Community Coordinator | Wellington, New Zealand | Contactable via nadia@livekindly.co

Longtime veteran of the poultry and egg industry, Morten “Egg Man” Ernst, has partnered with Bay Area vegan food company JUST (formerly known as Hampton Creek) to upscale Just Scramble partnerships with “major egg companies.”

Ernst is “representing us this week at the International Egg Commission’s annual business meeting in London, which will surely raise eyebrows among his peers,” the brand notes. He will be attending a unique conference hosted by the only organization in the world to represent the egg industry.

“Morten has spent his entire life in the poultry world — processing, importing and exporting around the globe, setting up and partnering in some of the first egg processing factories in India and China. In addition to his work with JUST, he serves as CEO of Ovotec Limited in Hong Kong, a consulting and marketing company active in the global egg industry,” adds JUST.

JUST launched its vegan egg product, Just Scramble, last year. The company was already well-known for disrupting the mayonnaise industry with an egg-free version of mayonnaise, and Just Scramble is poised to follow a similar fate.

According to Statista, the traditional egg industry within the U.S. produces $13.5 billion worth of eggs each year. As JUST notes, this represents “one of the largest and fastest-growing segments of the global food system.” More than one trillion eggs were produced last year.

Chicken eggs are popular with health and fitness-conscious consumers as they are high in protein. However, so is the mung-bean-based Just Scramble. Yet unlike a traditional plate of scrambled eggs, the JUST product contains zero cholesterol and requires a significantly smaller amount of water to produce; and it emits far fewer carbon emissions than the egg industry. Vegan eggs also do not require the use of any live chickens; egg-laying hens suffer some of the most egregious cruelty of any farm animals.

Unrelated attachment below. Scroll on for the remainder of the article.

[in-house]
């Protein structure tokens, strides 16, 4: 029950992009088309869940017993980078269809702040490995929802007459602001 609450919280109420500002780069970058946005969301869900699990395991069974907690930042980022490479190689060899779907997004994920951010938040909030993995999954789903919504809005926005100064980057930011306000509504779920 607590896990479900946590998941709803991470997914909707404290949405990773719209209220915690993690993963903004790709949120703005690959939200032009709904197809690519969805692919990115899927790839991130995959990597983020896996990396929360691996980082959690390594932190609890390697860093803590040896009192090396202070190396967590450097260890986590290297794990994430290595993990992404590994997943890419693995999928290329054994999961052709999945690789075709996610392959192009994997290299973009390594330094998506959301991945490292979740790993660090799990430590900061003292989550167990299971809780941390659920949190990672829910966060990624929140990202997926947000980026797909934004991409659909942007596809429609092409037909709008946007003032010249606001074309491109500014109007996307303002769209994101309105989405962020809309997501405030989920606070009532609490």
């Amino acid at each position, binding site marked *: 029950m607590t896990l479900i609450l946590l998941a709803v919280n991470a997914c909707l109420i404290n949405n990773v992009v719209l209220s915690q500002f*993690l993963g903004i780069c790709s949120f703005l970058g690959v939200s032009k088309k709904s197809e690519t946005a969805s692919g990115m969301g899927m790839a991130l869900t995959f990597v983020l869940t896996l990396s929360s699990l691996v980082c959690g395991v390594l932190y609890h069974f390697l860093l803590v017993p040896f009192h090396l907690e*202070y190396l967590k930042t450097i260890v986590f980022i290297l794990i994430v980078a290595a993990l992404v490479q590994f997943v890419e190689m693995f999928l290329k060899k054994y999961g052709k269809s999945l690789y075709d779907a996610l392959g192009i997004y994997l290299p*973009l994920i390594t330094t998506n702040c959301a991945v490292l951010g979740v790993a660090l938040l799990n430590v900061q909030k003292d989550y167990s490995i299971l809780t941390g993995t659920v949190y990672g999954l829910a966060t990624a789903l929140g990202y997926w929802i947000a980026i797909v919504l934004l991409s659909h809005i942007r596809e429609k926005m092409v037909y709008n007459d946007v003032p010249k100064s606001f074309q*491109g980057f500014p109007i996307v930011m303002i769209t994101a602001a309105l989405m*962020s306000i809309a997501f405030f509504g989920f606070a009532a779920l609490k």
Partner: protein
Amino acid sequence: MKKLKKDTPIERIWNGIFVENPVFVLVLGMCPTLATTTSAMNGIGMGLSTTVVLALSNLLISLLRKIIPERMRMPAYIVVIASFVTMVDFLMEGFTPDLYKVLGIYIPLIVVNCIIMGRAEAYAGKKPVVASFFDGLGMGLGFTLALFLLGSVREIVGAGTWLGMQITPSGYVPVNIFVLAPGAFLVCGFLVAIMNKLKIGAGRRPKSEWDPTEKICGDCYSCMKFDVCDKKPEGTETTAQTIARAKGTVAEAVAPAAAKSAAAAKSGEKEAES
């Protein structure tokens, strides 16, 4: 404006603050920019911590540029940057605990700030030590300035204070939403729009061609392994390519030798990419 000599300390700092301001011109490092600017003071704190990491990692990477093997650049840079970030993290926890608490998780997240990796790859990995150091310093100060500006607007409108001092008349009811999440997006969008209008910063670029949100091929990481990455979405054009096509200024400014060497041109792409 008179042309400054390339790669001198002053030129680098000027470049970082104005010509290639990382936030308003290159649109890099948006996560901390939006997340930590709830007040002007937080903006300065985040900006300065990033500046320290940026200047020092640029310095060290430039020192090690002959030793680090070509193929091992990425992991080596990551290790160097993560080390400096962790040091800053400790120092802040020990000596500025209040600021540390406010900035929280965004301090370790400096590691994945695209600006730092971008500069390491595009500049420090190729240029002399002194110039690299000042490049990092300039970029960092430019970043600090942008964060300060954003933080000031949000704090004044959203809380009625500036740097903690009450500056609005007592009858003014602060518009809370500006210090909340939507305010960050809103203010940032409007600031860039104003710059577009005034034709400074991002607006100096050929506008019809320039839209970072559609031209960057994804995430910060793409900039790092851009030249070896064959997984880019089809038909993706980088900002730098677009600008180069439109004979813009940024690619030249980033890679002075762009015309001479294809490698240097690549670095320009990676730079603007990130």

“Recent research has found that 40% of millennials are embracing meat alternatives and a more plant-centric way of eating,” Ernst wrote in a recent op-ed for Food Dive. “Whether the motivation stems from a health or allergen standpoint, from religious beliefs, or from animal welfare or sustainability concerns, times (and appetites) are certainly changing. This trend is also an indication of broader changes occurring in food consumption habits, and we in the food industry need to take notice and adapt.”

JUST’s vision isn’t just to upend the egg market. It’s using state-of-the-art food tech to address hunger issues in the developing world with sustainable vegan products. It also plans to be the first food company to bring meat grown through cellular agriculture to market — recreating animal products from a few animal cells rather than the whole animal. Further, the company most recently brought its Just Scramble to Asia.  “If we were starting the business from scratch,” JUST founder Josh Tetrick recently told Foodnavigator-Asia, “we’d probably start in Asia.”

“Why shouldn’t the egg industry follow suit and help reach parts of the population who, for one reason or another, can’t or won’t consume egg products?” Ernst asks. “I believe a joint effort is needed between novel and traditional approaches to feed the growing population sustainably while meeting variable consumption requirements across the globe.”


Image Credit: JUST | Wikimedia Commons